3 IN. DI LETTURA
* First-half revenue rises 36.5 percent from year earlier
* Asia-Pacific revenue growth 45 percent
* Opened 28 new stores in first half (Adds revenue growth by geography)
HONG KONG, Aug 6 (Reuters) - Italian fashion house Prada SpA , which competes with Louis Vuitton and PPR's Gucci, posted a 36.5 percent jump in first-half revenue, buoyed by strong growth in Asia, with sales driven mainly by its Prada and Miu Miu brands.
Revenue for the six months ended in July rose to 1.55 billion euros ($1.9 billion), the Milan-based maker of luxury bags and clothing said on Monday.
Asian demand for high-end brands has helped shield luxury companies from the brunt of the European slowdown, although the slowing Chinese economy is weighing on the sector's outlook. Concerns were assuaged somewhat when Hermes and Remy Cointreau reported good growth in emerging markets.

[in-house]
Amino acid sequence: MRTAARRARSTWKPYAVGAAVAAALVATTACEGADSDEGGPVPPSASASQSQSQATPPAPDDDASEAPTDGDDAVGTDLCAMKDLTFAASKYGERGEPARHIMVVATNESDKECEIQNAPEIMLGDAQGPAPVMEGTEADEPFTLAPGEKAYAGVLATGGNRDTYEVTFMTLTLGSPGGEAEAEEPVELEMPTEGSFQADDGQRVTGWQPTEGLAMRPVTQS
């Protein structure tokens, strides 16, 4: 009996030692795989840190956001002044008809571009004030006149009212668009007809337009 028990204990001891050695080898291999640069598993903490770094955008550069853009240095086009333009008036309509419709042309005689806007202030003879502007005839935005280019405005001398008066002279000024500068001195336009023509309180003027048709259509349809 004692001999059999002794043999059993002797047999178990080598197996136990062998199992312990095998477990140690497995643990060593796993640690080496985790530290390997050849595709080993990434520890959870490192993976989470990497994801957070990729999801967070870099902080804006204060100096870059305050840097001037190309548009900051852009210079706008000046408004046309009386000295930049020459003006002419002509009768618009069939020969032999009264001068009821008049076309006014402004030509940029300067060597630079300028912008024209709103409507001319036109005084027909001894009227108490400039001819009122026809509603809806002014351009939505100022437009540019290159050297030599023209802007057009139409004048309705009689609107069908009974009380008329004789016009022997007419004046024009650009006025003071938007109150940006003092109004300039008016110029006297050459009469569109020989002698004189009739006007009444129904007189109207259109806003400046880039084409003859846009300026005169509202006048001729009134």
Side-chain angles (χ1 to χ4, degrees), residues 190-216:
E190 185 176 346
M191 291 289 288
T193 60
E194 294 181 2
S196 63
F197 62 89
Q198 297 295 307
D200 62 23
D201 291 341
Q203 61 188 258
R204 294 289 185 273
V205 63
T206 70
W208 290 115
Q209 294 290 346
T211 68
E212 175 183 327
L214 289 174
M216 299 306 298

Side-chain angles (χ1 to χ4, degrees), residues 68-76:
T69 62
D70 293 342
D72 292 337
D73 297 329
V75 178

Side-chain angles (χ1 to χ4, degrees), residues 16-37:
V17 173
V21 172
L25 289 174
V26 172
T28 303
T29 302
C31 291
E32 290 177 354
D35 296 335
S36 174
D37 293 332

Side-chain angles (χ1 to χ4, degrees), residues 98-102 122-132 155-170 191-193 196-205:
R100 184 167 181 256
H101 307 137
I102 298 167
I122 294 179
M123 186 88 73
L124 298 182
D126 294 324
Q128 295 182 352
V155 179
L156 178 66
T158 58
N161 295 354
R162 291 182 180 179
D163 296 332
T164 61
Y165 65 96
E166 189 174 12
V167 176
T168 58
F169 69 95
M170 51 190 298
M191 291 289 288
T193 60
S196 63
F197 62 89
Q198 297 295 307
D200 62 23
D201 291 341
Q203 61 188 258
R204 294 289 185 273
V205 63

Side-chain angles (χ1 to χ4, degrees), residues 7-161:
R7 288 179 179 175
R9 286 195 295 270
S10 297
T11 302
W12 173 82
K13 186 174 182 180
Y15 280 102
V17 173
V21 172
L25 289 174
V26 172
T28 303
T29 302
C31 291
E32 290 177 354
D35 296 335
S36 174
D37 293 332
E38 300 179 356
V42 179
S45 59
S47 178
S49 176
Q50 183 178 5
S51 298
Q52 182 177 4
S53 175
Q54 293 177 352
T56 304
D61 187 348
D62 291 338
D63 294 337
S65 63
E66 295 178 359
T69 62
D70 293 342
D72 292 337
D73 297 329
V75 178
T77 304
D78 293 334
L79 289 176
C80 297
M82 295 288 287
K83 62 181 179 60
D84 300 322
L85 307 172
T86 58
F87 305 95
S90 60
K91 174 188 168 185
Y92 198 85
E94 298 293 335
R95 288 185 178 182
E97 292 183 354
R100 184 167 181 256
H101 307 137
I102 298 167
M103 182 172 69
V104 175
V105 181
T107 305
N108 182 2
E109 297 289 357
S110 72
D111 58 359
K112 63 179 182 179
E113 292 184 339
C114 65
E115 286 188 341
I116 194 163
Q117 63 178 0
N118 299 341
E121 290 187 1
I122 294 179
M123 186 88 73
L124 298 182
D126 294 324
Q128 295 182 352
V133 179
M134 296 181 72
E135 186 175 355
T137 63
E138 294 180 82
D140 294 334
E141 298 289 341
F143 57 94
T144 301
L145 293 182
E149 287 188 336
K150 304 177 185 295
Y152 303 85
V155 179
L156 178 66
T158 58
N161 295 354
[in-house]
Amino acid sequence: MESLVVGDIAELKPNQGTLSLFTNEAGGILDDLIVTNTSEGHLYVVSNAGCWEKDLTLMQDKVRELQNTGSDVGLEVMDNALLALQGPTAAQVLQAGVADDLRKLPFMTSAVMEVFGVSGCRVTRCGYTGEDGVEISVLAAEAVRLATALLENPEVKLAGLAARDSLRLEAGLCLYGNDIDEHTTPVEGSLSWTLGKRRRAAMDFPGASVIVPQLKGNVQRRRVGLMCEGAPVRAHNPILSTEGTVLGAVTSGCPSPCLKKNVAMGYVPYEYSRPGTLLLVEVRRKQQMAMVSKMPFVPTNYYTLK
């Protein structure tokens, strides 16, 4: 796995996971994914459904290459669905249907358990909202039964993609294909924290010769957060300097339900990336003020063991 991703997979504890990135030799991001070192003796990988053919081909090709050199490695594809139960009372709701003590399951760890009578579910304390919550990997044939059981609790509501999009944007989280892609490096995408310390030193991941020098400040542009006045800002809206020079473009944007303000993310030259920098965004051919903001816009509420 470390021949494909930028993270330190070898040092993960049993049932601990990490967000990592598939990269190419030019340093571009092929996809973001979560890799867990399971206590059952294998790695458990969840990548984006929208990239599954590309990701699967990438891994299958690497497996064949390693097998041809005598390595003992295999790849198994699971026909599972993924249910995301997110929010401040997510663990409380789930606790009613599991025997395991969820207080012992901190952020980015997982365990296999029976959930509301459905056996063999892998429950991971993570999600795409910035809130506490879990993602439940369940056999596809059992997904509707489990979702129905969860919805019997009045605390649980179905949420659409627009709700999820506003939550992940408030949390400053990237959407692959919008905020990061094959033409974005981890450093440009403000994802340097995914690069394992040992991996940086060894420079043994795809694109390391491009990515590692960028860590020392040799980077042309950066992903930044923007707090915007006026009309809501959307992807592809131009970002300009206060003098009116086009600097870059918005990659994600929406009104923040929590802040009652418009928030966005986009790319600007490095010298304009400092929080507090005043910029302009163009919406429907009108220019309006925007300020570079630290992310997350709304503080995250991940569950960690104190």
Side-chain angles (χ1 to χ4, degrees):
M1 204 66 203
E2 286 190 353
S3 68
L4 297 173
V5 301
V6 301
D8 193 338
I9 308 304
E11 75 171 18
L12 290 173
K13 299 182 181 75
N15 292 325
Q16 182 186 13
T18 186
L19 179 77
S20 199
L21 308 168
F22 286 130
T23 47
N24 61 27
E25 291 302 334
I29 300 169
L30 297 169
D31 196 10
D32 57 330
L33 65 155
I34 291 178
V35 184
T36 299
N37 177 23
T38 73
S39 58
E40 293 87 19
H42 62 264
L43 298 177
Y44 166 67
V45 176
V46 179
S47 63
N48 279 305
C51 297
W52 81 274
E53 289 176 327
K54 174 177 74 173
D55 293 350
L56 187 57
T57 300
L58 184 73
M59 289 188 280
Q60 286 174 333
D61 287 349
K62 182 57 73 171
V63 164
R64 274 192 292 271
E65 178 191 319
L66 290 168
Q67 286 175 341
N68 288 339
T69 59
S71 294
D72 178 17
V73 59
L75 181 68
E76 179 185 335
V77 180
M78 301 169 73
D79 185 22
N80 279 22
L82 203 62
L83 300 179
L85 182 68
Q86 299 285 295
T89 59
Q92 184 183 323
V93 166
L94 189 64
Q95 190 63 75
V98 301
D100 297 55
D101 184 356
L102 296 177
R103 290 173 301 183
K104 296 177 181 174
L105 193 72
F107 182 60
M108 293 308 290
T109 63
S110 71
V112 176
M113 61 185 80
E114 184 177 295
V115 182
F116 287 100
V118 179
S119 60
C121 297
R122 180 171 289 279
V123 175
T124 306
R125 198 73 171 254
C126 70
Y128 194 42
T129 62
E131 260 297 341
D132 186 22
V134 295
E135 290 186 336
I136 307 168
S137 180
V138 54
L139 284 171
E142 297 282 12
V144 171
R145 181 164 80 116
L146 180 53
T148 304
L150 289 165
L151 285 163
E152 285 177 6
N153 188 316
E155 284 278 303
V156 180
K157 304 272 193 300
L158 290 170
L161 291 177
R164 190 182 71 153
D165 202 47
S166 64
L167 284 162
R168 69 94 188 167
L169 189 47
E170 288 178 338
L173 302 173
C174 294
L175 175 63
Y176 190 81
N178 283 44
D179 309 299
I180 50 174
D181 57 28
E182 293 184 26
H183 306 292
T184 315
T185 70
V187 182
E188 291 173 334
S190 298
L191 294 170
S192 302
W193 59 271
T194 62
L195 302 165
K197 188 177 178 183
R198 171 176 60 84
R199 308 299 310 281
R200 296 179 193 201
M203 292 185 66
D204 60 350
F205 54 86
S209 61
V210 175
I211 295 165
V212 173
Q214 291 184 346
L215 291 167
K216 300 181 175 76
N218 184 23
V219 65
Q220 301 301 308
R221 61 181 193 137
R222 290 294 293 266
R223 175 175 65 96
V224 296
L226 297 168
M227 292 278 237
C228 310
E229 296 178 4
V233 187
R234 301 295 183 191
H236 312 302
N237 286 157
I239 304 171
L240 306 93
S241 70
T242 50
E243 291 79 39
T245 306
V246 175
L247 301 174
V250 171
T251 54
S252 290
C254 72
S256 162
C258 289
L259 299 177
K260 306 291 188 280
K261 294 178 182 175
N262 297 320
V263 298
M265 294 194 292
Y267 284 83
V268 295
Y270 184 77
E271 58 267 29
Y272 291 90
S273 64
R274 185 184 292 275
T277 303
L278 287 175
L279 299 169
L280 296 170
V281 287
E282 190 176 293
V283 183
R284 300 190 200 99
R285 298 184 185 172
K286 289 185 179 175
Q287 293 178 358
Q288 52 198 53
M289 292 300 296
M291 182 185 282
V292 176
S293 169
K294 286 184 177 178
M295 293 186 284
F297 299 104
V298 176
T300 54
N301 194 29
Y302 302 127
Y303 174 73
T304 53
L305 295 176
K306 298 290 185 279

Asia-Pacific achieved the best performance with revenue growth of 45 percent, followed by 37.3 percent in Europe, 34.2 percent in Japan, 31 percent in the Americas and 21.7 percent in Italy, Prada said in a filing to the Hong Kong bourse.
Prada, which listed in Hong Kong last year, opened 28 new stores during the period, bringing the total number of directly operated stores to 414.
The company beat forecasts in June when it said first-quarter net profit more than doubled as its focus on Asia paid off. But it warned that a deepening euro zone crisis could scare away free-spending tourists who have insulated luxury firms from an uncertain global economy.
Prada is scheduled to announced its half-year earnings on Sept. 24.
The outlook for luxury goods companies has been overshadowed by the economic slowdown in China, the world's third-biggest market for personal luxury goods. Britain's Burberry said in July its sales had been hit by China.
Prada's shares have gained more than 50 percent so far this year, outperforming an 8.5 percent gain in the benchmark Hang Seng Index.
The stock closed 2.5 percent higher at HK$53.65 in Hong Kong, before the revenue announcement. ($1 = 0.8104 euros) (Reporting by Donny Kwok; Editing by Ryan Woo)